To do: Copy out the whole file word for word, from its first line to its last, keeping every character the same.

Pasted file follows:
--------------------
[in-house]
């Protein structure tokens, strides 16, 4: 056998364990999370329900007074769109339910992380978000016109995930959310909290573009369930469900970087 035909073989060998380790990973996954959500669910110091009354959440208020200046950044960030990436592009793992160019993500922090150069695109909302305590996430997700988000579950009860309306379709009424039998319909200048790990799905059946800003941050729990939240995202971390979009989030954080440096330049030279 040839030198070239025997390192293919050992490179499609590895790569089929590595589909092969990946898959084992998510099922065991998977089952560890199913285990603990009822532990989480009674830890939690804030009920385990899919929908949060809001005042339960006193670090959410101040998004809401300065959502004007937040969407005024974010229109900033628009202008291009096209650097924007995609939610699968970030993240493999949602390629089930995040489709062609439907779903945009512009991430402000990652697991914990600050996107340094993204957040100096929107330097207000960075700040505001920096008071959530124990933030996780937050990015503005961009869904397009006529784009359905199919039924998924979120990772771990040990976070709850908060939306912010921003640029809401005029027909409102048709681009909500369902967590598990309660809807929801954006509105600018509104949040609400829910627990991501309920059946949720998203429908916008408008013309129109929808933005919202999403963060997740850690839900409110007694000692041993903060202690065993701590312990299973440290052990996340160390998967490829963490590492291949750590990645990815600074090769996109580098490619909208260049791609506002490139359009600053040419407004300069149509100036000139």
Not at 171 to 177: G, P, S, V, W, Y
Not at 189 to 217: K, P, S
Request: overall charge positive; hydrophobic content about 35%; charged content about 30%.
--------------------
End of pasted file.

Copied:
[in-house]
């Protein structure tokens, strides 16, 4: 056998364990999370329900007074769109339910992380978000016109995930959310909290573009369930469900970087 035909073989060998380790990973996954959500669910110091009354959440208020200046950044960030990436592009793992160019993500922090150069695109909302305590996430997700988000579950009860309306379709009424039998319909200048790990799905059946800003941050729990939240995202971390979009989030954080440096330049030279 040839030198070239025997390192293919050992490179499609590895790569089929590595589909092969990946898959084992998510099922065991998977089952560890199913285990603990009822532990989480009674830890939690804030009920385990899919929908949060809001005042339960006193670090959410101040998004809401300065959502004007937040969407005024974010229109900033628009202008291009096209650097924007995609939610699968970030993240493999949602390629089930995040489709062609439907779903945009512009991430402000990652697991914990600050996107340094993204957040100096929107330097207000960075700040505001920096008071959530124990933030996780937050990015503005961009869904397009006529784009359905199919039924998924979120990772771990040990976070709850908060939306912010921003640029809401005029027909409102048709681009909500369902967590598990309660809807929801954006509105600018509104949040609400829910627990991501309920059946949720998203429908916008408008013309129109929808933005919202999403963060997740850690839900409110007694000692041993903060202690065993701590312990299973440290052990996340160390998967490829963490590492291949750590990645990815600074090769996109580098490619909208260049791609506002490139359009600053040419407004300069149509100036000139």
Not at 171 to 177: G, P, S, V, W, Y
Not at 189 to 217: K, P, S
Request: overall charge positive; hydrophobic content about 35%; charged content about 30%.